7 Tips on How to Become a Better Writer
Whether you’re in college, graduate school, or working in the professional force — the ability to write well is a highly sought after skill. In the world of professional communication, the best writers are the ones who can write both clearly and concisely. While becoming a strong writer takes practice, it is not as daunting of a task as it may initially seem.
As a communication and English major, I have spent a lot of my academic career writing, and for this reason, have undergone a lot of trial and error. Today, I am here to share what are — in my opinion — the most effective tips on how to become a better writer.
#1. Outline What You Want to Say
Before I begin writing an essay, article, or other academic/professional copy, I always outline my main points first. By doing this, you are less likely to sound wordy or include superfluous information. Additionally, you can see whether your points flow cohesively and relate back to the main topic.
#2. Write in a clean space limited of distractions
When you write, your full, undivided attention should be dedicated to just that. A messy space or a loud room can hinder your ability to focus, just as a cell phone or other electronic advice can. Write somewhere that is peaceful and comfortable to you. If you’re in a high stress environment, your words will mimic the atmosphere surrounding you.
#3. Be descriptive but also clear and concise
I think most writers would agree that this is the most difficult tip to master, but with practice, it will become intuitive. In order for the reader to best understand what you are trying to convey, you must be descriptive so that your words are understood. However, too much description can belabor the point you are trying to make, which is why it is critical to be concise. By writing with both of these parameters in mind, your writing will become much more clear.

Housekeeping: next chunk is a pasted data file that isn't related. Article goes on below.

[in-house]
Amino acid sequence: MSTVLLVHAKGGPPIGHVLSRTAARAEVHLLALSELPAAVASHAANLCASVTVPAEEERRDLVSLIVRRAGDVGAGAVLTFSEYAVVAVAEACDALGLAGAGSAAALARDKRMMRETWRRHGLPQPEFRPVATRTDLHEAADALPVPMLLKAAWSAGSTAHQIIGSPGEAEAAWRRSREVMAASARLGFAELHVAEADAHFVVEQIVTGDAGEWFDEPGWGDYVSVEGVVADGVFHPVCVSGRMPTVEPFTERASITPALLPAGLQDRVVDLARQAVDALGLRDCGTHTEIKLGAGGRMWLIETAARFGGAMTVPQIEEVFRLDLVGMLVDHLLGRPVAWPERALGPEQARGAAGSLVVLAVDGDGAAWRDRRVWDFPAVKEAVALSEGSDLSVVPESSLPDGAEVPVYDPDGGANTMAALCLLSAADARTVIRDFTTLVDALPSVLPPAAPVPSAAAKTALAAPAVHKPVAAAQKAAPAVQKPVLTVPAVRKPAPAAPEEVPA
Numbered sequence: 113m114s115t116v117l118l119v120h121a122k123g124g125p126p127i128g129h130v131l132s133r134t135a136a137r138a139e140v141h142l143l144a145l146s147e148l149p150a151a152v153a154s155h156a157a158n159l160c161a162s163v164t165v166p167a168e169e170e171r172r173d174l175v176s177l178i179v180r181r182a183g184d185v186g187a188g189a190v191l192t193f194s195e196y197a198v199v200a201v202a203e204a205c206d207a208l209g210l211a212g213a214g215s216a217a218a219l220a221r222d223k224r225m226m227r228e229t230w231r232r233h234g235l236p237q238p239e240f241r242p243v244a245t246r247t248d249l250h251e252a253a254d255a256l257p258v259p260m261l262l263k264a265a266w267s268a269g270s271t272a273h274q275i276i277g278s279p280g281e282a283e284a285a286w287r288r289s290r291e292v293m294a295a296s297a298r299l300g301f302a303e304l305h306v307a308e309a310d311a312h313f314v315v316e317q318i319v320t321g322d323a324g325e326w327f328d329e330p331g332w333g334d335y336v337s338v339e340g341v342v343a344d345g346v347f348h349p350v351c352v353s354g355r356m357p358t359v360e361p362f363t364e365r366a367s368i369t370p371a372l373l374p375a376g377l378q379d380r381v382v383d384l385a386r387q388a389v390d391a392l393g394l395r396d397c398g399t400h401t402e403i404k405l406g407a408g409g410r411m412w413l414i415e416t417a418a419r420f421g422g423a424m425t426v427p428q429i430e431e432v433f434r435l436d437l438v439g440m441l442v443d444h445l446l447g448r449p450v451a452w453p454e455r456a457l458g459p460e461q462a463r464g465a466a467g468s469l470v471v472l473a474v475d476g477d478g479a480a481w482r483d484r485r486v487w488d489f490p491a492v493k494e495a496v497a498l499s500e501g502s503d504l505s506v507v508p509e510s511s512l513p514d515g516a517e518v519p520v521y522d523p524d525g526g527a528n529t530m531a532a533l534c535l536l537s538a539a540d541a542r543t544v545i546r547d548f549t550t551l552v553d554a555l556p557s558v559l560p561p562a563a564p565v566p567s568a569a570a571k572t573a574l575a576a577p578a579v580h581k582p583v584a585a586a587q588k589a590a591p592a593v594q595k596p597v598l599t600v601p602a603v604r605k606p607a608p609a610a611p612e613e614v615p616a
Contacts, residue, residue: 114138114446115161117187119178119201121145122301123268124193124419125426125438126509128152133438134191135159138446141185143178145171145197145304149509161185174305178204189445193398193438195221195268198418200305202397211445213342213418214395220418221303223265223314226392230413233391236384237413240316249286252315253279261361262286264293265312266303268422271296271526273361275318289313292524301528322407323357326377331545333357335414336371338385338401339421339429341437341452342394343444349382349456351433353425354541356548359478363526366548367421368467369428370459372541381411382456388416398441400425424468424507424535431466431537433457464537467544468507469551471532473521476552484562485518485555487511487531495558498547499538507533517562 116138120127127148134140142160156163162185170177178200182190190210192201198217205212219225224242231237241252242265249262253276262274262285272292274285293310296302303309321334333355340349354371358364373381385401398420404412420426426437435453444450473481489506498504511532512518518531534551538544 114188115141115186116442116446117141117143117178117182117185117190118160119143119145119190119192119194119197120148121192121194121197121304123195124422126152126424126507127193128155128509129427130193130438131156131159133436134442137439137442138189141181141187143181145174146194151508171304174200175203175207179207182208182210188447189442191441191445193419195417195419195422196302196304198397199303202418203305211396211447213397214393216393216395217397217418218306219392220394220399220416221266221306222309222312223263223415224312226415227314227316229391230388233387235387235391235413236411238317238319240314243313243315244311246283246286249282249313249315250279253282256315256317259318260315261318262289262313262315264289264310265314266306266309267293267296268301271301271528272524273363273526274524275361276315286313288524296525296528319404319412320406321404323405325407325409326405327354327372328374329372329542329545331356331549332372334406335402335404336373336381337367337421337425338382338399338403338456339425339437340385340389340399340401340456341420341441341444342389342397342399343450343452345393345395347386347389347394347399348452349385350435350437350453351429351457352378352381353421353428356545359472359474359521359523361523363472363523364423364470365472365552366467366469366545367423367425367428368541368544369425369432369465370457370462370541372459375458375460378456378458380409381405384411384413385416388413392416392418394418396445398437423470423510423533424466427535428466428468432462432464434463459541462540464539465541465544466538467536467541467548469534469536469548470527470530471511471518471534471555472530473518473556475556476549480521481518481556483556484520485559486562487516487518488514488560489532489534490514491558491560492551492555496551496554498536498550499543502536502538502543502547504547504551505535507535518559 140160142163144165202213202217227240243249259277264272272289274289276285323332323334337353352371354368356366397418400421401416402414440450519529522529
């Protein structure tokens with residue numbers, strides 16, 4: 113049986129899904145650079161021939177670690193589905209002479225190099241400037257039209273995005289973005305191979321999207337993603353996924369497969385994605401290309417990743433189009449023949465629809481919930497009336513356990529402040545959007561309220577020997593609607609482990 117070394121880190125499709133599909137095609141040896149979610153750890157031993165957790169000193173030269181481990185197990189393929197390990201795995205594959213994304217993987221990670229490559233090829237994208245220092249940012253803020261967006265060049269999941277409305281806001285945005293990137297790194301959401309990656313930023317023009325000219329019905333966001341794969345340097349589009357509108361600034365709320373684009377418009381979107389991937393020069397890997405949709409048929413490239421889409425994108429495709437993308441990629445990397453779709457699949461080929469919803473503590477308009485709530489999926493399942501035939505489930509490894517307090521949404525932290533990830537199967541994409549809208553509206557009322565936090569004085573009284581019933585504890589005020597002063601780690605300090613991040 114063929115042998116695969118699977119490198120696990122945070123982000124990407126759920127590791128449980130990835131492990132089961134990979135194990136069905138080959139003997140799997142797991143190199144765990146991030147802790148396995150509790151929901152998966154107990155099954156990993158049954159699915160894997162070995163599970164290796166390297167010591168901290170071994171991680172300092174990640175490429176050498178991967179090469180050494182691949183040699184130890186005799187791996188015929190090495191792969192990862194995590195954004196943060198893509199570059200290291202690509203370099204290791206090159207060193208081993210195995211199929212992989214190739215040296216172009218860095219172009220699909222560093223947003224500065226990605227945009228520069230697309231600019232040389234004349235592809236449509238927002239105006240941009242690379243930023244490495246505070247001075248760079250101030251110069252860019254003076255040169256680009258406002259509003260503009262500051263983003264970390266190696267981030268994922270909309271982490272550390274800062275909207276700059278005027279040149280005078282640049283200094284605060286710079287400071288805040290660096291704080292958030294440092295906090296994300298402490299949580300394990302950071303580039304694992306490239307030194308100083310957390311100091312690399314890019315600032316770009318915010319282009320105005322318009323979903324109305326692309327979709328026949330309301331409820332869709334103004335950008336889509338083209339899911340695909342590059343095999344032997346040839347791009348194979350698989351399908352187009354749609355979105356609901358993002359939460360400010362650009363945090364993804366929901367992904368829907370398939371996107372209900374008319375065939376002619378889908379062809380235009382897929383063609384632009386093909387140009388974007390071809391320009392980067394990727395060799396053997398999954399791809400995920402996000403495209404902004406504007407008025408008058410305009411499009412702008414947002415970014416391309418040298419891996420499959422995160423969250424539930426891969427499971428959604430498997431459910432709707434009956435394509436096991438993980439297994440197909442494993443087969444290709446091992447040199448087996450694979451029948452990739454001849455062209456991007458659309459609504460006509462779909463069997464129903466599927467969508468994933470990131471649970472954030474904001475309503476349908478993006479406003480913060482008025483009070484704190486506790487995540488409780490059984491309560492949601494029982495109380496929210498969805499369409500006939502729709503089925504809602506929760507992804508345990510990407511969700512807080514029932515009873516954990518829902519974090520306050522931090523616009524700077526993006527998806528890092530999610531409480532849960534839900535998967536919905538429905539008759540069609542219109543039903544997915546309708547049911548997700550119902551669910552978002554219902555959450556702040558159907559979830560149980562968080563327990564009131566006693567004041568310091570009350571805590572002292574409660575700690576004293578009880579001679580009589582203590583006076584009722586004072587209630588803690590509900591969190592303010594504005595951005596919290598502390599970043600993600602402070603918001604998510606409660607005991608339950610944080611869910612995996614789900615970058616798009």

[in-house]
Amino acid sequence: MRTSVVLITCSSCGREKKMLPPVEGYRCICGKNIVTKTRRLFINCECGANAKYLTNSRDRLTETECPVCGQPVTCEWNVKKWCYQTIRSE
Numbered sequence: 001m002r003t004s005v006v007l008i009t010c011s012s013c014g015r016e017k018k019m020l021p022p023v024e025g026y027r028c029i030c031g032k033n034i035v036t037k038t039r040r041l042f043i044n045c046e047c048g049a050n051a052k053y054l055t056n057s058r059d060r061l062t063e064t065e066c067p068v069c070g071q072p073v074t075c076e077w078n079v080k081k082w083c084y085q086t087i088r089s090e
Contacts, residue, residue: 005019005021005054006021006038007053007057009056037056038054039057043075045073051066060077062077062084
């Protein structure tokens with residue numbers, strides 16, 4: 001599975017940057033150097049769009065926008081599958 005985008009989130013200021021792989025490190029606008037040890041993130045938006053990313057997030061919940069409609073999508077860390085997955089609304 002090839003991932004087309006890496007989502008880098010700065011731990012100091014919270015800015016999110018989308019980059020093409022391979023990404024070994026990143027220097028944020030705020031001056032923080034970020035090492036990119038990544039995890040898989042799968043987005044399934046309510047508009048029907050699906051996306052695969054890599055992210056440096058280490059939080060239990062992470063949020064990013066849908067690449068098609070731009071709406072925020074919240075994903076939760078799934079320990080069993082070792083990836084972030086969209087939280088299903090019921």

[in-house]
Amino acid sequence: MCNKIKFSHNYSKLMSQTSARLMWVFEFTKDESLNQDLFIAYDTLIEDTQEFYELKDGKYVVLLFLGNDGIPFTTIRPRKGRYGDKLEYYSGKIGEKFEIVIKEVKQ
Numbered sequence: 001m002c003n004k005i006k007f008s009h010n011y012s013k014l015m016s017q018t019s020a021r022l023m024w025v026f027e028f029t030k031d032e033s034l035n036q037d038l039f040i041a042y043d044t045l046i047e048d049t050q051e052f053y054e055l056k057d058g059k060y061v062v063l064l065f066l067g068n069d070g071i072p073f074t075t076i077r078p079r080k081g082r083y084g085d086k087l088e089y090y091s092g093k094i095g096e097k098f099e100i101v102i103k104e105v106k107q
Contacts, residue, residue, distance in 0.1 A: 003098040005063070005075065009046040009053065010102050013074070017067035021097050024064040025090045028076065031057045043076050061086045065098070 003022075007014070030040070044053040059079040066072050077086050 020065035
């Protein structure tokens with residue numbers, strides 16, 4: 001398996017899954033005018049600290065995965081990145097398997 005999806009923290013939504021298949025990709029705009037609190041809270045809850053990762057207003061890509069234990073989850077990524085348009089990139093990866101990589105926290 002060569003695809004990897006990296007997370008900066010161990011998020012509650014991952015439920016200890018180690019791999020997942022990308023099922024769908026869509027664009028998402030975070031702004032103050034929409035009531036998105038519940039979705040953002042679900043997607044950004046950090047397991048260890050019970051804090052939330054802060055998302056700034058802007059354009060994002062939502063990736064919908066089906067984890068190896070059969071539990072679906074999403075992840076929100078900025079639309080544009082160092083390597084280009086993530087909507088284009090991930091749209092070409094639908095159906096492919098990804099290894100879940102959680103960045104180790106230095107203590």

#4. Be choosy with your words
This is especially important when you are writing for concision — such as an article or press release — you must be concise. Every word matters, so pick strong words. You do not have to have the most sophisticated or academic vocabulary, but you do need to be able form sentences that are compelling and tell a story.
The first time you write a piece should never be the last time you look at it before submitting. After finishing your first draft, take a break for a few hours — or even a day — so that when you return to your piece you can look at it with fresh eyes. By doing this, you will catch errors you would have otherwise not noticed. Reading what you write aloud will also help.
#6. Read often
As every writer will tell you, if you really want to be a better writer, read. Pick something that you genuinely enjoy — do not force yourself to read Shakespeare or Hemingway if that is not your cup of tea. Reading different types of works — articles, novels, non-fiction pieces — will also make you more skilled in different types of writing.
#7. Open your ears to advice from those you trust
Lastly, take advice from the writers you look up to. Whether it is a professor, relative, friend, or colleague: ask them how you can improve. Where are my specific weaknesses and how can I turn them into strengths?
Written By: Carter Smith